Respect aboriginal rights
Re: First Nations sovereignty demands a new point of conflict, Jan. 26. In his opinion piece Douglas Bland overstates the prospects of First Nations insurrection as “the central and most dangerous issue in Canadian/First Nations issues today” and as “a dangerous, smouldering conflict over who in Canada is sovereign and where.”
Bluntly stated, First Nations communities as presently configured possess none of the attributes, nor do they display any of the behaviours recognized at international law as comprising sovereignty. These include militarily defensible borders, a stable population accepting citizenship, and economic infrastructure generating gross domestic product. In brief, they offer no prospect to any other country outside of Canada for acting as an economic partner in peace, or as a military ally in war. Credible First Nations governments and leaders recognize this.
A true nightmare scenario involving First Nations militancy and presenting an existential threat to the very survival of the Canadian state would be the receipt of credible reports from foreign intelligence services that disaffected First Nations individuals from inside Canada were in training abroad with a spectrum of anti-Western state and non-state actors, having internalized radical ideologies with the intention of unleashing these within Canadian borders.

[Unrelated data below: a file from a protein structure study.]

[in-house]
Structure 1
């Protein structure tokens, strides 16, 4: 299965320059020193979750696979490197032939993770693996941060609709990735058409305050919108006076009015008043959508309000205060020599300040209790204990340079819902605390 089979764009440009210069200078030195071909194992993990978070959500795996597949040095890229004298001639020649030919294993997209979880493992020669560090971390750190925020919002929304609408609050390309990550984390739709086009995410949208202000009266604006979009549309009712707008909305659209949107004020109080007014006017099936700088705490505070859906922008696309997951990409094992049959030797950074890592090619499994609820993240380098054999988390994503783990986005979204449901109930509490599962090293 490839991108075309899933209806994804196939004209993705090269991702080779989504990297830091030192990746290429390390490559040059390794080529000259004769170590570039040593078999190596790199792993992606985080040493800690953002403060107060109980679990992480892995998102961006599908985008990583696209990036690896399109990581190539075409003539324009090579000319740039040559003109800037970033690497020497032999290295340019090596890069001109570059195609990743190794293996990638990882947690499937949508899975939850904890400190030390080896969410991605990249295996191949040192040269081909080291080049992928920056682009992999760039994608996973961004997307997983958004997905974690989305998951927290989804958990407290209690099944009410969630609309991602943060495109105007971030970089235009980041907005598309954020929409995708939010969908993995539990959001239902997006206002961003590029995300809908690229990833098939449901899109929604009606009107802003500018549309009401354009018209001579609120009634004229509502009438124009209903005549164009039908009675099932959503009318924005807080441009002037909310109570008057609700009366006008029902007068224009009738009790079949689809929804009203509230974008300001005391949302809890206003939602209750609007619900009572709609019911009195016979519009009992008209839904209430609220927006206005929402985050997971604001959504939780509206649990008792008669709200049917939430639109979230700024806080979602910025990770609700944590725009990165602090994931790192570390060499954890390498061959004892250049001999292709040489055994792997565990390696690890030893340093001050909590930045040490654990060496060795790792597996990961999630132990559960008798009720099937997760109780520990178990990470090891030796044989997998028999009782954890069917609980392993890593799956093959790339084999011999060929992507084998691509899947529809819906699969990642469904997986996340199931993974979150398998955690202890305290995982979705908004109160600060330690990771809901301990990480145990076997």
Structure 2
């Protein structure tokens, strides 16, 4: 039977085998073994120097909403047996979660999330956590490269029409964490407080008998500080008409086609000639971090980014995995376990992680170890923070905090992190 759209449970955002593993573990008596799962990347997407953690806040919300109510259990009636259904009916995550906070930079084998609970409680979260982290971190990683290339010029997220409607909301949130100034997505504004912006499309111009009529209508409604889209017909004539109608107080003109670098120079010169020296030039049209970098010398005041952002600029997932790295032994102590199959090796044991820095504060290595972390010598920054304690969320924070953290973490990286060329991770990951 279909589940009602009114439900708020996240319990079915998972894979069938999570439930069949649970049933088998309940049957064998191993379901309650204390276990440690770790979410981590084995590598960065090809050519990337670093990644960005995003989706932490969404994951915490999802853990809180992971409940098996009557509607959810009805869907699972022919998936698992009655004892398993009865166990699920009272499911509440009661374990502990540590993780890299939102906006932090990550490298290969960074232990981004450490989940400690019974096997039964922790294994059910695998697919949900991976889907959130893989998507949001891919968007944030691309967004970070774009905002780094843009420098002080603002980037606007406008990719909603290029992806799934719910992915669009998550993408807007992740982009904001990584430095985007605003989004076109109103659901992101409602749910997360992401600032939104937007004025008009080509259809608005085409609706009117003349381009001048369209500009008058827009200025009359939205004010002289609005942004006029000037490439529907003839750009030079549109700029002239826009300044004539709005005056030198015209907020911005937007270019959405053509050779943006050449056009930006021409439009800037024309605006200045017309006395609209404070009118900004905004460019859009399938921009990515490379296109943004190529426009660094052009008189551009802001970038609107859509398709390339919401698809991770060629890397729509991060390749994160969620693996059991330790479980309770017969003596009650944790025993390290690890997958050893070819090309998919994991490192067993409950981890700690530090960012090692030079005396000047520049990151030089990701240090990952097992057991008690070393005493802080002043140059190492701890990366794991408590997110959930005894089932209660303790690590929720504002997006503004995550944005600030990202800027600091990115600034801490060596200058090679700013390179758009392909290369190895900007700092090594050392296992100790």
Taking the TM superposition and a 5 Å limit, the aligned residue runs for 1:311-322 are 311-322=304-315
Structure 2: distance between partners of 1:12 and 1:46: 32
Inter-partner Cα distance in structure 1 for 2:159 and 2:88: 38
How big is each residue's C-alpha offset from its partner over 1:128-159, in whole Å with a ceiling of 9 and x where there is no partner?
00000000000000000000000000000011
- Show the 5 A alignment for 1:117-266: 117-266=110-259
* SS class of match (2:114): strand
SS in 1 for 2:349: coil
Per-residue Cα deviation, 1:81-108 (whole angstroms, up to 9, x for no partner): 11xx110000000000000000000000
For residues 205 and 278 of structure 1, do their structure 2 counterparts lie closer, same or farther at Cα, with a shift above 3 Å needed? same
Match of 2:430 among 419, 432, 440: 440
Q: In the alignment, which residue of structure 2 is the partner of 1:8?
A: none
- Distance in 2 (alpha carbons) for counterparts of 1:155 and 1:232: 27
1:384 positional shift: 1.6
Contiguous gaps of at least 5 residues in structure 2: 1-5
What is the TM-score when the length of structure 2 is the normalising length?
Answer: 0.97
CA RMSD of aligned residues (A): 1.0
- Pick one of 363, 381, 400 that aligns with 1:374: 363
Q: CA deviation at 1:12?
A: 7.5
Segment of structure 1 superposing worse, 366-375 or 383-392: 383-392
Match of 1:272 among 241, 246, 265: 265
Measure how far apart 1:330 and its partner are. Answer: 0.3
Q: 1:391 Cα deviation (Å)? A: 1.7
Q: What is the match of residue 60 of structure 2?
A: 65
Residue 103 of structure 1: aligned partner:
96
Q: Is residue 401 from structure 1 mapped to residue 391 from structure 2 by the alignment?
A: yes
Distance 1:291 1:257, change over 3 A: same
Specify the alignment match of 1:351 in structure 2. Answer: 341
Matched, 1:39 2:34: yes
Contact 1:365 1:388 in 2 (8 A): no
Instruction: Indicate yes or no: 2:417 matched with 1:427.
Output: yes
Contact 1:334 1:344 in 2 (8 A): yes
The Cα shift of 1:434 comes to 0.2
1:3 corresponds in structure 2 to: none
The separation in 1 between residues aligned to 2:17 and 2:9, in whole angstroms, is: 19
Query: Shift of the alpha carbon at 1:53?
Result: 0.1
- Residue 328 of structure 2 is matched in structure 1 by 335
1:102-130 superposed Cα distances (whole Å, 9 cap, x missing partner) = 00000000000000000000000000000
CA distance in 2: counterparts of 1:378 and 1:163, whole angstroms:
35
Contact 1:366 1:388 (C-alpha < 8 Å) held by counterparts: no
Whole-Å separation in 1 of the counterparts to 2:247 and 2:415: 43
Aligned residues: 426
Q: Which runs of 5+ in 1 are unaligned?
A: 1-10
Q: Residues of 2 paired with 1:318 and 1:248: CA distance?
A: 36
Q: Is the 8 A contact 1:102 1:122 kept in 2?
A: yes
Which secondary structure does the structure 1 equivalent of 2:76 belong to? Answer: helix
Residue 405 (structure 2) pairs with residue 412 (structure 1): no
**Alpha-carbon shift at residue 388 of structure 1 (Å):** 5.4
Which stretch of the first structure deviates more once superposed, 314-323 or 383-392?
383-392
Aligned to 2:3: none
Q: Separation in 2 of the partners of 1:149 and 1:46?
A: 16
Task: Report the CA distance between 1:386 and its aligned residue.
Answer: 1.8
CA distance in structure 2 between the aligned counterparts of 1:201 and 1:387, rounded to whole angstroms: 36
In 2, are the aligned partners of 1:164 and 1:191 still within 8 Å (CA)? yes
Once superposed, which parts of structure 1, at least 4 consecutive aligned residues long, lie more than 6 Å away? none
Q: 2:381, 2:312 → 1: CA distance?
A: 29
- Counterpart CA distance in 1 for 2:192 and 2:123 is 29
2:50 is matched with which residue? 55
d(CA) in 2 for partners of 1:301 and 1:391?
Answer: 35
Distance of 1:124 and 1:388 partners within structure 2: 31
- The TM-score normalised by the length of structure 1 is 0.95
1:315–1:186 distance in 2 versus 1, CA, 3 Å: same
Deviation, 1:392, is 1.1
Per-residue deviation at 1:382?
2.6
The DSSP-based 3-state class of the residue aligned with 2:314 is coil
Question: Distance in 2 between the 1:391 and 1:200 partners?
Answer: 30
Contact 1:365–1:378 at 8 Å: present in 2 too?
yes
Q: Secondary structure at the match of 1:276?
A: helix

In reality, the exemplary service of First Nations soldiers on behalf of this country during two world wars, Korea and more recent conflicts, is a more accurate indicator of First Nations aspirations for a strong and stable Canada that respects aboriginal rights.
This year marks the 250th anniversary of the Royal Proclamation of 1763 recognizing Aboriginal title, and it is in this context that we should be imagining Canada’s future.
JOHN MOSES, Ottawa Delaware band, Six Nations of the Grand River